On the other side, he faced someone new. He’d never seen a picture before but, at once, he recognized the man known as Jack the Ripper. This time he didn’t hesitate. He slew the man and went back to the shrine where he was given yet another chance to stop an evildoer before they had the chance to hurt anyone.
It went on like this for what must have been years. He would dispense his justice and return to the shrine only to be sent somewhere else. He never got tired. He never got hungry or thirsty either. Some of his targets were dictators, others murderers, others still were rapists or thieves. The list went on and on. The great majority of them were people he’d never even heard of before. But each time he saw their face he instantly knew who they were and what they would go on to do. It seemed that his work would never be finished.
Eventually, he stepped through the archway, into the shrine, to find the monk smiling.
“Are you ready for your last kill?” asked the monk.
“Is it finally that time?”
“Yes. The man you are about to deal with is, by far, the worst you’ve ever seen.”
He smiled and stepped through the void for the last time. On the other side, he found himself face to face with… himself, just as he had been on that trail before the shrine. Confused, he turned back toward the archway in time to see several monks step through.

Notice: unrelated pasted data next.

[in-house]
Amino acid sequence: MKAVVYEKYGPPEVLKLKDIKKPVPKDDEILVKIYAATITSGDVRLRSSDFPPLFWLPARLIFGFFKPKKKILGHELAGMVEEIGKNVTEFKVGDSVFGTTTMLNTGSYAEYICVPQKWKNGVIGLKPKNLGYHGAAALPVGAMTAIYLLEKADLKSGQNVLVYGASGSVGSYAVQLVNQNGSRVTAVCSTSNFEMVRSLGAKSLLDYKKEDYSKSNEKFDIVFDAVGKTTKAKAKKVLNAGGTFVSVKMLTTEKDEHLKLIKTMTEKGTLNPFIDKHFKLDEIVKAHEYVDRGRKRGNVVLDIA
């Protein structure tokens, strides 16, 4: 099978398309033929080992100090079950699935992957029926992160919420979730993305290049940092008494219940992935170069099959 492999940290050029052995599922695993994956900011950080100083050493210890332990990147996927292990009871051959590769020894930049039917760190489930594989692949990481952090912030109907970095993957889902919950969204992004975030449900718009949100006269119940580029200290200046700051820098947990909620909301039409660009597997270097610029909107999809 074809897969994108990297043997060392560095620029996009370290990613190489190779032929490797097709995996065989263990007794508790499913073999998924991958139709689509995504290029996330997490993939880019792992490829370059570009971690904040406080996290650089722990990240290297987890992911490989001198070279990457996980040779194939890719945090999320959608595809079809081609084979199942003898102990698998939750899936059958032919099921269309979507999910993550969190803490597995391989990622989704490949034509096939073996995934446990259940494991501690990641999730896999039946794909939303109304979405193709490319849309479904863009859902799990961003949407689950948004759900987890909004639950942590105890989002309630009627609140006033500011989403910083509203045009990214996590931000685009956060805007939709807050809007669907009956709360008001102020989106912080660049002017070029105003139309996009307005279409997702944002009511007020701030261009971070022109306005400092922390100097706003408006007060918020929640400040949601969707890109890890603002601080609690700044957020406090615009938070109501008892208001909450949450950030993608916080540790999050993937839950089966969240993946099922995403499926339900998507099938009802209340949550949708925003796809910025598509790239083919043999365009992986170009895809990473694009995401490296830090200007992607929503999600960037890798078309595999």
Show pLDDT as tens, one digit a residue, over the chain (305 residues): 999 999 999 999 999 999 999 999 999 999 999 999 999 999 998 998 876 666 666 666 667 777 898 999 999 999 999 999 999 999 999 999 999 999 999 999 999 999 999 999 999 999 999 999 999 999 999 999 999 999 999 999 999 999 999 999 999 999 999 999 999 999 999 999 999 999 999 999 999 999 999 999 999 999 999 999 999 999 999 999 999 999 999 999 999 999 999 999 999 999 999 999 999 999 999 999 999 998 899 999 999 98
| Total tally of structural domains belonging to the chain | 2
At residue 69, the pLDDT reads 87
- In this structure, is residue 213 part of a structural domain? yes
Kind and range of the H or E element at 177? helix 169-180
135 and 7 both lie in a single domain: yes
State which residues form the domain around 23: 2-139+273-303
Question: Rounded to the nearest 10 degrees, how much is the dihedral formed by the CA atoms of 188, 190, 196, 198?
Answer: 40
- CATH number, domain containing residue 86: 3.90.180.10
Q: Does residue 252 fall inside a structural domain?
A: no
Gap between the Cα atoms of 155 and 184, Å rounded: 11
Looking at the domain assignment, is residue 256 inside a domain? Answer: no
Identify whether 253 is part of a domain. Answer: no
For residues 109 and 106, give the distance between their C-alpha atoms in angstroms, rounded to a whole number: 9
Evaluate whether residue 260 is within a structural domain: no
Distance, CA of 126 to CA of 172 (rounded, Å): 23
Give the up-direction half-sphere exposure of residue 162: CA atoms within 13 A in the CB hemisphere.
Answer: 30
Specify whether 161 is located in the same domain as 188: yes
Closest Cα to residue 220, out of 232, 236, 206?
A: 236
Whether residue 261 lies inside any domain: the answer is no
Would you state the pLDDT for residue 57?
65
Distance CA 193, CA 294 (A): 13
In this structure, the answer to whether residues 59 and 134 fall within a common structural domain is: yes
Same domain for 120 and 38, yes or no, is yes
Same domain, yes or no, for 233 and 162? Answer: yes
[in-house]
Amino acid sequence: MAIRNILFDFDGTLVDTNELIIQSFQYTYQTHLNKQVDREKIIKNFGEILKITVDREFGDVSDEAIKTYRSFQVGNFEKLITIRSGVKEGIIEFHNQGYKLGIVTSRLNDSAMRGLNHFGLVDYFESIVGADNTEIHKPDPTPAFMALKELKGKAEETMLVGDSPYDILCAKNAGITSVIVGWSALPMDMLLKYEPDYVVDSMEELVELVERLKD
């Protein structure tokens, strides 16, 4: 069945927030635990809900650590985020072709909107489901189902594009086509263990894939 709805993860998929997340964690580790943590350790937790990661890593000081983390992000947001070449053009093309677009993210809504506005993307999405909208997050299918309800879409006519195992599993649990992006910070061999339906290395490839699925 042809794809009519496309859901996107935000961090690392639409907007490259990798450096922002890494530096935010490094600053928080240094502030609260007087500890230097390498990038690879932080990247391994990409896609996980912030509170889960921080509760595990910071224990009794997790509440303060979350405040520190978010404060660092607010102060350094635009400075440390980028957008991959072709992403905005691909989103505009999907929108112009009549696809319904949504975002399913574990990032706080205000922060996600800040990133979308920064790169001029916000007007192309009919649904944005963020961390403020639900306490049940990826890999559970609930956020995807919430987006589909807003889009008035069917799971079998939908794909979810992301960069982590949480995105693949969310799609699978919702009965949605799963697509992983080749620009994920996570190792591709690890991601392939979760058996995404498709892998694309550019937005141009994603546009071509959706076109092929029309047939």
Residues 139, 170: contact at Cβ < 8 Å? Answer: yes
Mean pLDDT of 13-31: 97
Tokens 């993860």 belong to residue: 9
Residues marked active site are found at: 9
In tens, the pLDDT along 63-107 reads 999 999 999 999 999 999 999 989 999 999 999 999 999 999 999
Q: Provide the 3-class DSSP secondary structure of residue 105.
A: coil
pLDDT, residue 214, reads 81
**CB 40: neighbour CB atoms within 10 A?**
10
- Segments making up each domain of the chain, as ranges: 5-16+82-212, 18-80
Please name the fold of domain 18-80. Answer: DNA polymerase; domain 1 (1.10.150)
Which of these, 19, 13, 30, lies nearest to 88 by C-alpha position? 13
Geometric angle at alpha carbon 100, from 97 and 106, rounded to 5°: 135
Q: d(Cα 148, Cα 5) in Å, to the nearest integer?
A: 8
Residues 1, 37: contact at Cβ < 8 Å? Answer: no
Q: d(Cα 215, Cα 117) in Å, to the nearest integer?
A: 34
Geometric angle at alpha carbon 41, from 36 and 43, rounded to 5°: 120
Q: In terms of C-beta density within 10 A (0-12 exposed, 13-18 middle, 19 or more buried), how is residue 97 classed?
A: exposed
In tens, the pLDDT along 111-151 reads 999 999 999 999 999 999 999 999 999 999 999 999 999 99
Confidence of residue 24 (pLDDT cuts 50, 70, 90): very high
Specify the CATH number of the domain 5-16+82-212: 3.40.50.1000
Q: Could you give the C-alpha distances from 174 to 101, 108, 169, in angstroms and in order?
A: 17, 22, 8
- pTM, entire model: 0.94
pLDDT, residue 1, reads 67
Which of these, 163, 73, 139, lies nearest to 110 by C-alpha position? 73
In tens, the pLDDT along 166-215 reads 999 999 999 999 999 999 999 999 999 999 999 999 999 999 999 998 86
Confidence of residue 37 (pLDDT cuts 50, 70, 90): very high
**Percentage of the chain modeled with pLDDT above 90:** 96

“Why am I here?” he said. “I haven’t hurt anyone.”
“You’ve bathed in more blood than any of those you’ve cut down.”
“I don’t understand. You told me to kill those people. To prevent them from hurting anyone. I did what you wanted me to do.”
“We told you nothing. You were given the opportunity to exact someone else’s vengeance and you took it. You could have, just as easily, said no. Now finish what you’ve started!”
He looked back at himself. Like all those before, the other him just stood there with a blank expression on his face. Aside from the breathing, and the occasional blink, he looked lifeless. Doug raised his sword above his head but was overcome with sorrow. Like the first time, all he could see was innocence. He tried to strike but found that he was unable to bring the blade down. He couldn’t bear the look in his own eyes.
He looked back to the monks “But if I do this, it’ll undo everything I’ve done.”
“Yes, but when you face eternity the only blood on your hands will be your own.”
Doug understood. Taking the hilt in both hands, he plunged the blade into the man’s chest.
— — — — — — — — — —
The ECG connected to Doug reported a solid tone prompting a doctor and several nurses to run into his hospital room. They worked on him for several minutes, trying everything they could to restart his heart. But it was to no avail. The doctor pronounced him dead and covered his head with a sheet. One of the nurses looked out the window as the sun came out from behind the clouds. The storm had passed.